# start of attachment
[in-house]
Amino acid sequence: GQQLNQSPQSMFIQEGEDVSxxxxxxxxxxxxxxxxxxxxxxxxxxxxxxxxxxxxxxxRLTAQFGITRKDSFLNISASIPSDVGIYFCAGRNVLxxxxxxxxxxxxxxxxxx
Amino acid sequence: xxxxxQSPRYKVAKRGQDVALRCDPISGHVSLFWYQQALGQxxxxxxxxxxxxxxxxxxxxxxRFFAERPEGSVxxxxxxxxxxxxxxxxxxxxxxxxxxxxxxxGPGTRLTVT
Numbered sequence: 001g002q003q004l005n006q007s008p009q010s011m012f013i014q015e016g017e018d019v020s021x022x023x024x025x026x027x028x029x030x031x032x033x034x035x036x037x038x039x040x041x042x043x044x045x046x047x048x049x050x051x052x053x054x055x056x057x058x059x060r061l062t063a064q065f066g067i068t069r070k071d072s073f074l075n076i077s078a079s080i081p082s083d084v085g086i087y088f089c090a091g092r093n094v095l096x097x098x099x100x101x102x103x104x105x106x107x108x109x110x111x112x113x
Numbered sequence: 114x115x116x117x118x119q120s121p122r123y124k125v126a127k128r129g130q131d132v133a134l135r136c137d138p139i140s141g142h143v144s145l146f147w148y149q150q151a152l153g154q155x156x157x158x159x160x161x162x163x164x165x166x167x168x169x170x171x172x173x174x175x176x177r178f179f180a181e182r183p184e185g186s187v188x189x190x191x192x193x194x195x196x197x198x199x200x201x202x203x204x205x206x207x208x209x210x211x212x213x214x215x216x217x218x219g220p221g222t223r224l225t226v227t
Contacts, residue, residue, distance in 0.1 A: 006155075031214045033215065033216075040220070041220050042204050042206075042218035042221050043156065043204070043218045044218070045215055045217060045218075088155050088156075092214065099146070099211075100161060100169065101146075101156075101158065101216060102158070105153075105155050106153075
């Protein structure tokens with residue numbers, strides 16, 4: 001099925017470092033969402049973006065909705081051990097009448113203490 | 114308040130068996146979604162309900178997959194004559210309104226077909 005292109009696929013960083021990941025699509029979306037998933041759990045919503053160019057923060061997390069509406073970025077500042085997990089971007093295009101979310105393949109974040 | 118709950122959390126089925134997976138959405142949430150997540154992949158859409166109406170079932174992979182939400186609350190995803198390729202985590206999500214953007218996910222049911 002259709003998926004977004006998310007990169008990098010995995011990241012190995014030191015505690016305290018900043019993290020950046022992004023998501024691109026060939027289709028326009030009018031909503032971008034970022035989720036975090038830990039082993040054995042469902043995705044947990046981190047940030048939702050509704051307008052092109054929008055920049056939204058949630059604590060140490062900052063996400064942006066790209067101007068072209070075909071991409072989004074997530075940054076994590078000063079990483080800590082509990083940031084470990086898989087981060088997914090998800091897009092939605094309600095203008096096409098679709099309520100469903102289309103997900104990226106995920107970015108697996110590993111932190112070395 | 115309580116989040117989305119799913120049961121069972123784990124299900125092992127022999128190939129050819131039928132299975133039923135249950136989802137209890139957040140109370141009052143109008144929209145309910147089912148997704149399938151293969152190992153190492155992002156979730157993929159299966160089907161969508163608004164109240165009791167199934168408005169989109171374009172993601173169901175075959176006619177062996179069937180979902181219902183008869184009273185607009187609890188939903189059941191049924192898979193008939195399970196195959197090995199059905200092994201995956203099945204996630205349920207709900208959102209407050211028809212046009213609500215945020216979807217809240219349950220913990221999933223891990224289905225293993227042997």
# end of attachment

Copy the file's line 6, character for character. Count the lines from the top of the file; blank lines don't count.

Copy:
Contacts, residue, residue, distance in 0.1 A: 006155075031214045033215065033216075040220070041220050042204050042206075042218035042221050043156065043204070043218045044218070045215055045217060045218075088155050088156075092214065099146070099211075100161060100169065101146075101156075101158065101216060102158070105153075105155050106153075